One of the hottest issues in D.C. this summer is the bipartisan interest in bringing an end to surprise medical bills for patients. In February, the Academy joined the AMA and more than 100 specialty and state medical societies and other health care organizations to send a letter to congressional leaders (PDF 30 KB) detailing our principles for legislation that would protect patients from costs their insurance will not cover.
Unfortunately, some of the proposals coming out of Congress are unfair to physicians, threatening medicine with terrible precedents. These proposals would benchmark out-of-network payments to the “median in-network” rate for a geographic area. This gives too much power to health plans to set these rates, with little incentive for them to expand their networks to include more physicians.
We’re supporting an alternative proposal that would shield patients from unexpected out-of-network costs while ensuring physicians’ fair reimbursement. Congress’ physician members, including Reps. Raul Ruiz, MD, D-Calif., and Phil Roe, MD, R-Tenn., authored the bill.
The alternative legislation would address this issue by giving providers a pathway to arbitration with insurance companies to determine appropriate reimbursement levels. We believe this is the only way to prevent access shortages of specialists like ophthalmologists who voluntarily make themselves available to cover emergency treatment.
The Protecting People from Surprise Medical Bills Act would make the following reforms:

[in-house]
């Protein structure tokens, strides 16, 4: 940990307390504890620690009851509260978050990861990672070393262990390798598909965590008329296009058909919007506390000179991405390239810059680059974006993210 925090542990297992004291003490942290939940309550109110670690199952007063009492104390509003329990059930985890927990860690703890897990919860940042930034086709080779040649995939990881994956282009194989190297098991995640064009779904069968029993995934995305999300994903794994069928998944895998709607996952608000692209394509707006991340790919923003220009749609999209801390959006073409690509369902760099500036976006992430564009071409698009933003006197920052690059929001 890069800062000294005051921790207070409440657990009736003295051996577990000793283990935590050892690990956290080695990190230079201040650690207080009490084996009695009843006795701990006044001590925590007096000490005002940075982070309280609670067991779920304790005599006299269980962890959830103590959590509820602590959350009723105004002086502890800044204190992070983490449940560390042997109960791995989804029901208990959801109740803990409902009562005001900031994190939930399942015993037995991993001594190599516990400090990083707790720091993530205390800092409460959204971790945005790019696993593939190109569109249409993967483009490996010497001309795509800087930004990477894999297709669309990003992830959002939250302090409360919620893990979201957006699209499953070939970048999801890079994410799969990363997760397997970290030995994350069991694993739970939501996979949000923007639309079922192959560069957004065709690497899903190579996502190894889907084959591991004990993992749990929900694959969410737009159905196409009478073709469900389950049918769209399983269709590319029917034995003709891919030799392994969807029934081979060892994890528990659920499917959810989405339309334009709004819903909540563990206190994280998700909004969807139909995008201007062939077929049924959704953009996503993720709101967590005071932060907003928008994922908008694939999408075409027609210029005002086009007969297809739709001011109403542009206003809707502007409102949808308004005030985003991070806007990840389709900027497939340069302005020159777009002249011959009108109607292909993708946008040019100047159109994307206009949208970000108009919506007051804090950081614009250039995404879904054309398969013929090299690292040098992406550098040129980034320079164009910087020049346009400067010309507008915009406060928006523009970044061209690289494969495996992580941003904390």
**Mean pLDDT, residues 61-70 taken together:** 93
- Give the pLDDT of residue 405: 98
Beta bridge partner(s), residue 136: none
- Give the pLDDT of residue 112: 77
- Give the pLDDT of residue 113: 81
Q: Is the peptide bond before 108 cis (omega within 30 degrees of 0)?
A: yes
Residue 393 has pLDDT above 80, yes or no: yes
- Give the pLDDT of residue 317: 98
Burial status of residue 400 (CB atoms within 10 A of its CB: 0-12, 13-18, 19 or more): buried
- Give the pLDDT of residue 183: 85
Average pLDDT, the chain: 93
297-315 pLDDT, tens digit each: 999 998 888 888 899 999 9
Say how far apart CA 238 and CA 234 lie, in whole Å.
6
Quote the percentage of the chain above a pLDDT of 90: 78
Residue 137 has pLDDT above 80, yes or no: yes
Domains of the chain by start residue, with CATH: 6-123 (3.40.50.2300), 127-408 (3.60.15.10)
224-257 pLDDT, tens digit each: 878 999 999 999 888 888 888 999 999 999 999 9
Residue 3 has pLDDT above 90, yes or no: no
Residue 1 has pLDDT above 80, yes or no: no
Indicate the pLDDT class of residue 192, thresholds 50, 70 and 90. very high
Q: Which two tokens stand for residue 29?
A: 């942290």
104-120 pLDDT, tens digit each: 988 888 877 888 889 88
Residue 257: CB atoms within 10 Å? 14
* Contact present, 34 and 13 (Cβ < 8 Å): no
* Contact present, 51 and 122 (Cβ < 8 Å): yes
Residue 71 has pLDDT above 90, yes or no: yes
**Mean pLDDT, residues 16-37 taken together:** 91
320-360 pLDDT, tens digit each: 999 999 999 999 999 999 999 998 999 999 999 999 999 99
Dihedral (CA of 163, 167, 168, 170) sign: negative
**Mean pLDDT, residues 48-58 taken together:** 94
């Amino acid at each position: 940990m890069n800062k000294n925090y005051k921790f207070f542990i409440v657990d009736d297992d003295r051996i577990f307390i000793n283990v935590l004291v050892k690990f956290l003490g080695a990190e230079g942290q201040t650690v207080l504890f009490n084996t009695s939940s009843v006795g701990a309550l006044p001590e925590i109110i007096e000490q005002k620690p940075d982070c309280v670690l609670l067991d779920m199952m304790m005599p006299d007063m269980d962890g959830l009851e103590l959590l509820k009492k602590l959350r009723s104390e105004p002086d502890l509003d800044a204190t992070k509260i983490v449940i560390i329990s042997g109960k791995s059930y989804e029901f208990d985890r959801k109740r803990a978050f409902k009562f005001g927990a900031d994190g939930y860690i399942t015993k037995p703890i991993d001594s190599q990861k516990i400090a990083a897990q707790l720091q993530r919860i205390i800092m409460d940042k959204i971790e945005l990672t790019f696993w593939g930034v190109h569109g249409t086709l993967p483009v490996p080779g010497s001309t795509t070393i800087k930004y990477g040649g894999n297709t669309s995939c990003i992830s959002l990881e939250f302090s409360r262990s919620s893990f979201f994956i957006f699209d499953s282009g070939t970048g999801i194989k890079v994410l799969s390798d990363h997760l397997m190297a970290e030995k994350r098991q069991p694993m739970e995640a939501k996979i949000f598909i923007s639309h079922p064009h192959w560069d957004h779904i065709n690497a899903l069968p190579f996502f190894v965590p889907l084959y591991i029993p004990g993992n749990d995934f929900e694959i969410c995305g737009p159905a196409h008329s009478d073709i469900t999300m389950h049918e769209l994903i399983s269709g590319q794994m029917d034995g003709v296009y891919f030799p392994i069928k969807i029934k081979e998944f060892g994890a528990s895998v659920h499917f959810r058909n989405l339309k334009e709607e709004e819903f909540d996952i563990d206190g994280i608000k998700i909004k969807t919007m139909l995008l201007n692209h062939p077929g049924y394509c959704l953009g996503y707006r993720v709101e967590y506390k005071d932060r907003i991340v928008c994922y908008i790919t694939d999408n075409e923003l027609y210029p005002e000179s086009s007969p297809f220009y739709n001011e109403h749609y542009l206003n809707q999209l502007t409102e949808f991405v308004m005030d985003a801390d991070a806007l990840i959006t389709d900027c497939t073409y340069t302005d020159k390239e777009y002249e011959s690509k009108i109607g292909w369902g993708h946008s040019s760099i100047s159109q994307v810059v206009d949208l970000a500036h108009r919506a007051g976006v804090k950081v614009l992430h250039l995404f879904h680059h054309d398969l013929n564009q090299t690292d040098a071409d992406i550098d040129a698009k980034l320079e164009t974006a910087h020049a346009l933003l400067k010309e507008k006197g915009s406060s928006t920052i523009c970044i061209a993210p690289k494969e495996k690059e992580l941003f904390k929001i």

- Ban the practice of billing patients for unanticipated out-of-network care (patients would only be responsible for in-network cost-sharing).
- Implement an arbitration model that identifies a reasonable payment rate when insurers and providers cannot agree on the cost of care.
- Improve transparency by requiring health plans to clearly identify in-network providers and patients’ deductibles.
The proposal faces an uphill battle in committee. Still, because the bill proposes an arbitration model, it is receiving widespread support among physician organizations, including the Academy, the American Medical Association, the American College of Emergency Physicians and the American Society of Anesthesiologists. This model is similar to one that New York state adopted in 2015. If providers and insurers cannot agree on a payment rate, they can engage in an independent dispute resolution process.
Under that process, insurers and out-of-network providers each identify a cost for the patient’s care, and a neutral arbiter chooses the fairer price. This model creates an incentive for both parties to choose reasonable numbers to cover the cost of treatment. According to a 2018 study, out-of-network bills in New York declined 34% just three years after the state passed arbitration legislation.